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  1. Member
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    #1

    Commercial break

    Sorry for cluttering up this section with my requests. Don't worry! The new school year gets underway next week and I'll ease off a bit, so please, bear with me for a few more days...
    SITUATION
    I'm watching a movie on TV. The phone rings. Unwillingly I get up and answer it. It's a friend of mine. Five minutes into our conversation I cup the receiver and ask my mother what's going on in the movie but she says: 'Don't worry, THERE'S A COMMERCIAL BREAK'
    My question: would you say that? Any other suggestions?
    An English colleague of mine once told me that in a situation like this she would say 'IT'S THE ADS'.. Mmmhhh, do you agree??

    And if I wanted to ask my mother whether the film has started again after the commercial break, could I say 'Is the film back on?'

    Thanks for your help

  2. Amigos4's Avatar
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    #2

    Re: Commercial break

    Quote Originally Posted by wace View Post
    SITUATION
    I'm watching a movie on TV. The phone rings. Unwillingly I get up and answer it. It's a friend of mine. Five minutes into our conversation I cup the receiver and ask my mother what's going on in the movie but she says: 'Don't worry, THERE'S A COMMERCIAL BREAK'
    My question: would you say that? Any other suggestions?
    An English colleague of mine once told me that in a situation like this she would say 'IT'S THE ADS'.. Mmmhhh, do you agree??
    "A commercial break" and "It's the ads" are synonymous. You could say either.

    And if I wanted to ask my mother whether the film has started again after the commercial break, could I say 'Is the film back on?' Yes! This would be common usage in US.

    Thanks for your help
    `


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    #3

    Re: Commercial break

    'Commercial break' is the formal term; and a TV presenter might say, "...but we have to pause/break for a commercial. Back soon."
    or
    "Welcome back. My guest today is Tom Cruise...and Tom - during the commercial break, you were telling me about a funny thing that happened on the flight over. I'm sure the viewers would love to hear it."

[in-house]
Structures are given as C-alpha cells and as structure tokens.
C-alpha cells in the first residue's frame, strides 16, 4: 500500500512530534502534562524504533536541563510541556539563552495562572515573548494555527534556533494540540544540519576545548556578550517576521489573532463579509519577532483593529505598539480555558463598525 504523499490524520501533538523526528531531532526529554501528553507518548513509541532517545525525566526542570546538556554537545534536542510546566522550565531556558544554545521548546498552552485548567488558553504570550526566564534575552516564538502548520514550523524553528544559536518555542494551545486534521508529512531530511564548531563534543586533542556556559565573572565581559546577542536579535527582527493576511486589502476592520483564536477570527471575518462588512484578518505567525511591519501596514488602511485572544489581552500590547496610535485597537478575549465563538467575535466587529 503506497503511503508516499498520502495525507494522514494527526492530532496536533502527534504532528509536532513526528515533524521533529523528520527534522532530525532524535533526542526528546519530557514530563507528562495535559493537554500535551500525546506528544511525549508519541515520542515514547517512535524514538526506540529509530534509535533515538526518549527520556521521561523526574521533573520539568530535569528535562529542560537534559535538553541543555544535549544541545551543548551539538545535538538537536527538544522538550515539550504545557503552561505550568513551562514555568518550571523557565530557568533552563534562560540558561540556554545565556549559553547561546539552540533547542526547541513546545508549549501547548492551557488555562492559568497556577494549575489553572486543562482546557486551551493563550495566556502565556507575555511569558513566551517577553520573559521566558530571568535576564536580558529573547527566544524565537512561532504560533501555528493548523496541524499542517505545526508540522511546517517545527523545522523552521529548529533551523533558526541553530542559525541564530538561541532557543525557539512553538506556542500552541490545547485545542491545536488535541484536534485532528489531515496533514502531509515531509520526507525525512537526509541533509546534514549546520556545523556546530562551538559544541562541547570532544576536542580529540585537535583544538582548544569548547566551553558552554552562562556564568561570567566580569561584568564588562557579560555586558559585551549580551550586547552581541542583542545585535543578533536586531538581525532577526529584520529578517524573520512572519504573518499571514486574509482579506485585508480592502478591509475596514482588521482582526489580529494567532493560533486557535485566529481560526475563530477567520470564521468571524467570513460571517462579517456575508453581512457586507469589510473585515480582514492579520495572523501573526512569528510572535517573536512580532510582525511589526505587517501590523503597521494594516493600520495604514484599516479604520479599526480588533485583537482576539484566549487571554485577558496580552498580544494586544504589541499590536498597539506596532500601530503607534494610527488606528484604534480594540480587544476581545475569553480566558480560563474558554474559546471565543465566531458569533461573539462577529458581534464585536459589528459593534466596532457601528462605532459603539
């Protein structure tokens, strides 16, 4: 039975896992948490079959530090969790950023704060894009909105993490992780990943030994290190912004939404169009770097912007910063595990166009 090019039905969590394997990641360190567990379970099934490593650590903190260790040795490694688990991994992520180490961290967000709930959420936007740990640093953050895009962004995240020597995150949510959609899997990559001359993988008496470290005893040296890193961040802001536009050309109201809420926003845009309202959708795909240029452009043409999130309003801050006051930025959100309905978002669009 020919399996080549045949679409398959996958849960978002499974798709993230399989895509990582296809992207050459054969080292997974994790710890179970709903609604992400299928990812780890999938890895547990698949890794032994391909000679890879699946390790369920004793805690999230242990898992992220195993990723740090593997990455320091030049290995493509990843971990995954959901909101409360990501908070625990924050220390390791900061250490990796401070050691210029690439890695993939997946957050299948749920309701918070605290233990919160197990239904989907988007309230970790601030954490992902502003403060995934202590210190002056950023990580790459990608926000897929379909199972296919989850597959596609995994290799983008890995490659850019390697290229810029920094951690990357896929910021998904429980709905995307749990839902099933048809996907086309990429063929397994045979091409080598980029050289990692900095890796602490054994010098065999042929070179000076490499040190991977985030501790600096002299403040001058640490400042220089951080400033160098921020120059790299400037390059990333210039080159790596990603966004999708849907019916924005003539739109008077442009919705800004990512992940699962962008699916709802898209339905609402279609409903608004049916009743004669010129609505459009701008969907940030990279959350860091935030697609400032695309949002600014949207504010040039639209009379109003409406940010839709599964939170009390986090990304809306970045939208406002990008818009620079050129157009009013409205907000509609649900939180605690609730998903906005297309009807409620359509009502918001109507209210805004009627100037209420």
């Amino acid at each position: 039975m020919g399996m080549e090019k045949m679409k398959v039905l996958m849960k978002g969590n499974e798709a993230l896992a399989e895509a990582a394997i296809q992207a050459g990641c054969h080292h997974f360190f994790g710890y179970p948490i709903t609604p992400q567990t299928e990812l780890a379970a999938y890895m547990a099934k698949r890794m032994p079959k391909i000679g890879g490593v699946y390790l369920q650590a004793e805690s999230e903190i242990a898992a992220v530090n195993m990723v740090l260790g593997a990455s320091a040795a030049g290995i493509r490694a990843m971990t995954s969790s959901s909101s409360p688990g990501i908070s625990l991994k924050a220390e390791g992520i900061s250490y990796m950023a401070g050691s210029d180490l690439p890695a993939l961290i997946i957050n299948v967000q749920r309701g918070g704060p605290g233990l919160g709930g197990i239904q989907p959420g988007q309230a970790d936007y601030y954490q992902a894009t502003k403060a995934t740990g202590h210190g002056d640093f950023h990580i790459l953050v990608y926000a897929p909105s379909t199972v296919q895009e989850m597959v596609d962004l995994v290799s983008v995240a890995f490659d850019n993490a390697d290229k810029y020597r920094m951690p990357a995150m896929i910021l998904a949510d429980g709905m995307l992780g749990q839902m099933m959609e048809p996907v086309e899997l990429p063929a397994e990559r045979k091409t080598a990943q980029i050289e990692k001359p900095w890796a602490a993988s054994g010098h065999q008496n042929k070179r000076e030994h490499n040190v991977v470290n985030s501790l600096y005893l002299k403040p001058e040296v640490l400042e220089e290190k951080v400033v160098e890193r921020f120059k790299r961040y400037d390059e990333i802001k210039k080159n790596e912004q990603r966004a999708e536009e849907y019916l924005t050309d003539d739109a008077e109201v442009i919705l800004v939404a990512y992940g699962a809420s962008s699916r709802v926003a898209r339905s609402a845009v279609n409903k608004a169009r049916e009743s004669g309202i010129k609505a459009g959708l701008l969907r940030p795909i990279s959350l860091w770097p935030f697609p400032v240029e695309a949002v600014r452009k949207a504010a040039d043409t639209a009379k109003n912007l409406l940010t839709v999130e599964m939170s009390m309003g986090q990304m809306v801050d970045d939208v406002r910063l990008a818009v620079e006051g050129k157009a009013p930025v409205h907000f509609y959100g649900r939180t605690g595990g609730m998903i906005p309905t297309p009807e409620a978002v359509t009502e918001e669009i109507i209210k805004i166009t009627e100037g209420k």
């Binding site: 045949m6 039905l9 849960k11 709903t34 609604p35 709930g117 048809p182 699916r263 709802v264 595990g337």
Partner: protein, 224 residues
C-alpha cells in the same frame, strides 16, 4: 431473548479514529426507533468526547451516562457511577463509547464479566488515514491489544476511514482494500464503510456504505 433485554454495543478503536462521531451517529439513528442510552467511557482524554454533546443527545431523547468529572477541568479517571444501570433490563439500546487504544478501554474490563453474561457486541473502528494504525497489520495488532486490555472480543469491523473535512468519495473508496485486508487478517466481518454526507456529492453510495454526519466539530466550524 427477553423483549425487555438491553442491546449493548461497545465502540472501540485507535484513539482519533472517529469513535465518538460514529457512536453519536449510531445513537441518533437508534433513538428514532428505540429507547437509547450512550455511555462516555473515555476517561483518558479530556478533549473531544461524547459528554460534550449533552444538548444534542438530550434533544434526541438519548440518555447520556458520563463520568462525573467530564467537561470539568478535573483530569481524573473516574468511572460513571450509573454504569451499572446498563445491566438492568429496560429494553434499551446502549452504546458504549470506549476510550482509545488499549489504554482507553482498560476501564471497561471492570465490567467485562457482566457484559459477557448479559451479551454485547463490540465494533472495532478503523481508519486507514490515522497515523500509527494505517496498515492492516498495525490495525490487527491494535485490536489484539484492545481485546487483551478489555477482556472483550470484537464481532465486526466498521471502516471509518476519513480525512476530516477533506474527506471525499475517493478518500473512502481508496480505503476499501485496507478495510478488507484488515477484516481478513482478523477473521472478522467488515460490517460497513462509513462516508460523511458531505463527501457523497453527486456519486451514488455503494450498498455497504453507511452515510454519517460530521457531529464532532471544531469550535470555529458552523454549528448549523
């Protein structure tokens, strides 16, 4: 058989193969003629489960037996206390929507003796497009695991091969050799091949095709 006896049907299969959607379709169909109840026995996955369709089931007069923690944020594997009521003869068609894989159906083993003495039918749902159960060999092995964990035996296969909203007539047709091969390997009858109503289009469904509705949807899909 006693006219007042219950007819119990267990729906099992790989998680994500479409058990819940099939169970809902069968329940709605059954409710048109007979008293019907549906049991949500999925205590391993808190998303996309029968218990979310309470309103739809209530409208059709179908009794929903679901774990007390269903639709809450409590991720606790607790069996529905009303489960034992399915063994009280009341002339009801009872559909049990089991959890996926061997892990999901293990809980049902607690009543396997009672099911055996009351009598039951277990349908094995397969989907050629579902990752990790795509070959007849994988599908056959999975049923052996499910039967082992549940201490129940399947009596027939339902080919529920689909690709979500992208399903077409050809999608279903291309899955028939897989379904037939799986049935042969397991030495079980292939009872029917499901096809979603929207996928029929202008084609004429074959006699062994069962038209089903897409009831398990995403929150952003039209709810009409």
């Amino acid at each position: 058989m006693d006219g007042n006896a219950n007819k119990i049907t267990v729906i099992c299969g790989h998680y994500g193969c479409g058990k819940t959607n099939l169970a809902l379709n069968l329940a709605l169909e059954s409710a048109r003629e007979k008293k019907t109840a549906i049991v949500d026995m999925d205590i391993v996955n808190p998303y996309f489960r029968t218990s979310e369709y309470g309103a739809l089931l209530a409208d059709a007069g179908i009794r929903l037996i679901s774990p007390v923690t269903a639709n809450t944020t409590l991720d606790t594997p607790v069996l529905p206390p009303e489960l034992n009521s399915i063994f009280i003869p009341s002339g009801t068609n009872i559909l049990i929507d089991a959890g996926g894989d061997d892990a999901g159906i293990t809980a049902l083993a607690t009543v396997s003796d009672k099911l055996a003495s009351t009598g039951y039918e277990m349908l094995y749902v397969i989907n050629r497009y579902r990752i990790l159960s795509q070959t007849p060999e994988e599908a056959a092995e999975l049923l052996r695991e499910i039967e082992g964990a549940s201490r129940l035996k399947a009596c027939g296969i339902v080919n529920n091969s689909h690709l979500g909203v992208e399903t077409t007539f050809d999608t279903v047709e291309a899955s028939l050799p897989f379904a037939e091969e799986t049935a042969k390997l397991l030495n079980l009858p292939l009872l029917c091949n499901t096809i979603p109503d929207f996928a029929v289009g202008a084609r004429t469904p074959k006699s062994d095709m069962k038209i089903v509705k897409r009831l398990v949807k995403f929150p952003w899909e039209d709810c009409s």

Colloquially, people refer to it as 'the ads' - "I'll make us a quick cup of coffee while the ads are on." (Much shorter and easier to say than 'commercial break'.)

  3. Member
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    #4

    Re: Commercial break

    Thank you David
    I have hugely appreciated your prompt and detailed reply.
    According to your examples I could say 'Don't worry, the ads are on', right?
    W.

  4. Member
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    #5

    Re: Commercial break

    Thank you Amigo4
    Spanish username, but a native speaker of English I presume...

  5. Amigos4's Avatar
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    #6

    Re: Commercial break

    Quote Originally Posted by wace View Post
    Thank you Amigo4
    Spanish username, but a native speaker of English I presume...
    You are correct! Amigo is a Spanish username and I am a native speaker of English. 'Amigo' sounds/looks better than 'friend' when usernames are displayed!!!

  6. Amigos4's Avatar
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    #7

    Re: Commercial break

    Quote Originally Posted by wace View Post
    Thank you David
    I have hugely appreciated your prompt and detailed reply.
    According to your examples I could say 'Don't worry, the ads are on', right?
    W.
    "Don't worry, the commercials are on" would be equally as descriptive. Dealer's choice!

  7. Member
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    #8

    Username

    I suppose 'Ami' would have been your choice if you lived close to the Canadian border, or 'Freund' if you were living in Lancaster County (PA)...
    Bye!

  8. Amigos4's Avatar
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    #9

    Re: Username

    Quote Originally Posted by wace View Post
    I suppose 'Ami' would have been your choice if you lived close to the Canadian border, or 'Freund' if you were living in Lancaster County (PA)...
    Bye!
    Or 'paisano' if I lived close to Milan!!!!!

  9. Member
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    #10

    Re: Commercial break

    Sorry to disappoint you, 'paisano' is archaic Neapolitan dialect.
    Anyway, If you take a look at any old map, you will see that Naples is 'a little' further south..
    Stick to Standard Italian, that would be: 'amico'
    Ciao!

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